Summary of Notice of Proposed Rulemaking
With the NPRM, the Federal Communications Commission (Commission) seeks comment on whether to license VMES as an application of the FSS in the conventional and extended Ku-band frequencies.
In its petition for rulemaking (Petition), General Dynamics asks the Commission to amend parts 2 and 25 of the rules to allocate spectrum for use with VMES in the FSS in the Ku-band uplink at 14.0-14.5 GHz and Ku-band downlink at 11.7-12.2 GHz on a primary basis, and in the extended Ku-band downlink at 10.95-11.2 GHz and 11.45-11.7 GHz on a non-protected basis, and to adopt Ku-band VMES licensing and service rules modeled on the Commission's rules for Ku-band ESVs.
As the Petition urges, the NPRM seeks comment on the proposed adoption of a co-primary allocation for VMES applications in the conventional Ku-band frequencies, and also seeks comment on service rules for VMES, possibly modeled on the current ESV rules. The NPRM discusses and seeks comment on rules and procedures to license VMES networks for operation only over GSO FSS satellites in the Ku-band.
Earth stations on mobile land vehicles currently operate as Land Mobile Satellite Service (LMSS) applications, and not as FSS applications, in the conventional Ku-band. In the Ku-band uplinks, LMSS operates on a secondary, and not a primary, basis. A primary allocation for VMES would provide protection from interference to VMES terminals as well as give VMES equal status in coordinating emissions from VMES terminals with adjacent FSS systems, as if VMES terminals were FSS earth stations.
Certain commenters on the Petition propose to promote VMES terminals that use smaller antennas and less accurate antenna pointing systems than those that General Dynamics currently uses for the VMES system it has been operating since November 2004 pursuant to special temporary authority and experimental authority. We have concerns that some classes of proposed VMES terminals would not operate compatibly in the Commission's Ku-band two-degree satellite spacing environment for the FSS. The NPRM seeks comment on how to differentiate compatible and non-compatible VMES terminals. In addition, we invite comment on whether we should treat applications that may not be able to meet the VMES requirements that we would adopt, but that otherwise might be able to engineer their systems to meet Ku-band FSS interference avoidance requirements, as applications for LMSS systems that might be licensed under the existing secondary LMSS allocation in the 14.0-14.5 GHz FSS uplink band and as non-conforming in the 11.7-12.2 GHz downlink band, with specific license conditions to protect FSS licensees and their customers from harmful interference.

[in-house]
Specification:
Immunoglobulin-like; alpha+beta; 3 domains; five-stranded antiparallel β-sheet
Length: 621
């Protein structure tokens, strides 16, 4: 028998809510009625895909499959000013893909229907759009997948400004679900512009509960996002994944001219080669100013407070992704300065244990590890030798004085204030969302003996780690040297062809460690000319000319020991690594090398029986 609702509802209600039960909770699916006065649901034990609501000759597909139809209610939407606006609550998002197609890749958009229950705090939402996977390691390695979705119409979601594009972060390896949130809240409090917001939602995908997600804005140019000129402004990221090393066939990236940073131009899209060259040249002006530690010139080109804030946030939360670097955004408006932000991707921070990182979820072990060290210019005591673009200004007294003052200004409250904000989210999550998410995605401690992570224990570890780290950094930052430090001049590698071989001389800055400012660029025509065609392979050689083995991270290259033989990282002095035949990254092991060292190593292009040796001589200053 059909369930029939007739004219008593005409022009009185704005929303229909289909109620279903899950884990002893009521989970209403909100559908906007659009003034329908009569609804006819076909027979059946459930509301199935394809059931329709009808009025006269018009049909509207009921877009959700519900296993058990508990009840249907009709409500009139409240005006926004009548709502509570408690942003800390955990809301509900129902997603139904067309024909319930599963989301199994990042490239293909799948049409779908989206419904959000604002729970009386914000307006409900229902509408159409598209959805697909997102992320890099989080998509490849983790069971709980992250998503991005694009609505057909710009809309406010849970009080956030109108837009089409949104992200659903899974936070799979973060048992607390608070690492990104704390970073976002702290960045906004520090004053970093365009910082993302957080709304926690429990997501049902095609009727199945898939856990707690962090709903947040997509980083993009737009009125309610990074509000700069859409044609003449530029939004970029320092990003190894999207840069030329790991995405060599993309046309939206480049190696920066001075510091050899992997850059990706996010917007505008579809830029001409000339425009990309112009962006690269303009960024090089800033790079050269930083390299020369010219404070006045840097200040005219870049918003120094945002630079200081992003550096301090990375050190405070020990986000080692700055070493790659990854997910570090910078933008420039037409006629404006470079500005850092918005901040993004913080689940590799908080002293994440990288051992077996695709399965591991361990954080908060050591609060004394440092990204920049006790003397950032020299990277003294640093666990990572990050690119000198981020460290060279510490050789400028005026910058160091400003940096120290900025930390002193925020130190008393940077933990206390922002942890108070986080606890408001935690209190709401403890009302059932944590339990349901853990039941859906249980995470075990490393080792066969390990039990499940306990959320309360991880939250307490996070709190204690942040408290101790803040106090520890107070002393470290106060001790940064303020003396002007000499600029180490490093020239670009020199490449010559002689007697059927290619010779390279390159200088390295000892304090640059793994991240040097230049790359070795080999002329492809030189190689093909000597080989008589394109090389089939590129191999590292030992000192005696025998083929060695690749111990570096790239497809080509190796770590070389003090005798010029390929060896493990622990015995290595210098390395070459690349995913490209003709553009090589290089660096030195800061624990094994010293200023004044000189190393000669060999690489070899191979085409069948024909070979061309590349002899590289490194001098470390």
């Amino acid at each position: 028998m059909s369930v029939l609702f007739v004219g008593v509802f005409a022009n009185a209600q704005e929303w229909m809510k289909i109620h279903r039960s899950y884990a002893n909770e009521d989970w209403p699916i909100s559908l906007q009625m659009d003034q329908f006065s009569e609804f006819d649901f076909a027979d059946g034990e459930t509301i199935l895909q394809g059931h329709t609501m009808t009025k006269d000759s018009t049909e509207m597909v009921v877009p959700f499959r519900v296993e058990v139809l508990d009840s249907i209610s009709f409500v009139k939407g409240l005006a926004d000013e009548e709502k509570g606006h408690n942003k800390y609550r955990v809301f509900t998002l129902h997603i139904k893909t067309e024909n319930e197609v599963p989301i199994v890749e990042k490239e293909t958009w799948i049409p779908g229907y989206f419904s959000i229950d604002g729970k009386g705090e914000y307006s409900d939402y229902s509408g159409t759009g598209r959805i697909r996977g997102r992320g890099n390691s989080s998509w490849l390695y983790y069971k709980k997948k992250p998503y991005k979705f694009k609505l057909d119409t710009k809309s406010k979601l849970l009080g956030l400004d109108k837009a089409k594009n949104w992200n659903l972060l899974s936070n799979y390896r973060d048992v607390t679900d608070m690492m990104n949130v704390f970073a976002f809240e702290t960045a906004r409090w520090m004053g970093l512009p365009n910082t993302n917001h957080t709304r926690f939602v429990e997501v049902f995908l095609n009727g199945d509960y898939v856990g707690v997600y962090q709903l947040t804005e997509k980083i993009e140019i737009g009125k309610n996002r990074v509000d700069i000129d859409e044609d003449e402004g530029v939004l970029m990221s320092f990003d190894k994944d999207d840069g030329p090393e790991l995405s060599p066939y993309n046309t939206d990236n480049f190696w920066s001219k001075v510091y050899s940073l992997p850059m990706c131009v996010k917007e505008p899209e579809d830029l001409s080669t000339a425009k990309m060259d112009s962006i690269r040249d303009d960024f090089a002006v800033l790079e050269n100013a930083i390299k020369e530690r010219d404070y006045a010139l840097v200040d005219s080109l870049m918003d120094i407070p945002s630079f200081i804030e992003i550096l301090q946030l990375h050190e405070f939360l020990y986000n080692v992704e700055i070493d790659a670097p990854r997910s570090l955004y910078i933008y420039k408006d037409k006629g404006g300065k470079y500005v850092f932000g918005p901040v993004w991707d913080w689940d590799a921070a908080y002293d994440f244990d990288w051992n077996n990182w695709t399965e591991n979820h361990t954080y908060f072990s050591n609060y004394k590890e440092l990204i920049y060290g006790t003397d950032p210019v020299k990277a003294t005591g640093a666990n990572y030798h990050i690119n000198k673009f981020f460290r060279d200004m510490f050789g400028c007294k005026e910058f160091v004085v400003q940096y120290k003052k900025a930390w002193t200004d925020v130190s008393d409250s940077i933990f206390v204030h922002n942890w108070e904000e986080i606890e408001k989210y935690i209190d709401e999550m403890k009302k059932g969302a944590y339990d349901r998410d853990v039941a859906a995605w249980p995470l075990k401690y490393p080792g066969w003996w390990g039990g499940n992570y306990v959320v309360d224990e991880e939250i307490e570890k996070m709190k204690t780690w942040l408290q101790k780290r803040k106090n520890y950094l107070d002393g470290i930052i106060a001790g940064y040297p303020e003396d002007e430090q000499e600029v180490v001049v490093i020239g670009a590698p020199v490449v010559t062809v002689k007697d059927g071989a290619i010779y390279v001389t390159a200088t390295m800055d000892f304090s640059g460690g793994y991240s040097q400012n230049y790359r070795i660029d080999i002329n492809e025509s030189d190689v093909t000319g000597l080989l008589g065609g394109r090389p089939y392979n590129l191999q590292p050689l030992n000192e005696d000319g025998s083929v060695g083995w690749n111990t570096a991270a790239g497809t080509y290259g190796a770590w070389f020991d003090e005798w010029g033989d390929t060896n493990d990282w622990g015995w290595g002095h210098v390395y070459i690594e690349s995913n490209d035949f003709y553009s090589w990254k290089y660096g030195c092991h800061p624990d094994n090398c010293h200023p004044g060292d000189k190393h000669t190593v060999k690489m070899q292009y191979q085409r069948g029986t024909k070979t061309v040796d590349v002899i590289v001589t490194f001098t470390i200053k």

We also seek comment on licensing and service rules for VMES terminals if they are granted primary allocation status.
B. Allocation Issues
In asking for comment on whether we should grant primary status to VMES, or classes of VMES, in the conventional Ku-band, we observe that VMES, like ESV, is a mobile system, but with significant differences. We seek comment on these differences in the context of evaluating whether VMES, or classes of VMES, can operate compatibly in the FSS two-degree spacing environment. The significant identified differences include:
Antenna Size. The Petition suggests that, although General Dynamics proposes to provide VMES for U.S. military applications, there will be commercial applications for this technology. Commenters suggest that the Commission should develop rules that would permit large-scale deployment of mobile broadband systems to the public using ultra-small antennas. Both military and commercial VMES applications would use antennas smaller than those typically found on VSATs or ESVs. The original two-degree FSS VSAT interference rules were predicated on the use of antennas with a diameter of 1.2 meters or greater (i.e., 3.9 feet or larger), operating from fixed locations. ESVs typically use antennas with a diameter on the order of 1.2 meters. General Dynamics currently is using antennas as small as 0.45 meters (17.7 inches) and supporters of the commercial applications of VMES are in favor of licensing even smaller antennas. The ultra-small antennas operating in a mobile environment envisioned for large-scale commercial deployment of VMES have a greater potential of causing interference to adjacent satellites than the antennas currently authorized for the band and would lack the interference rejection qualities of the larger antennas.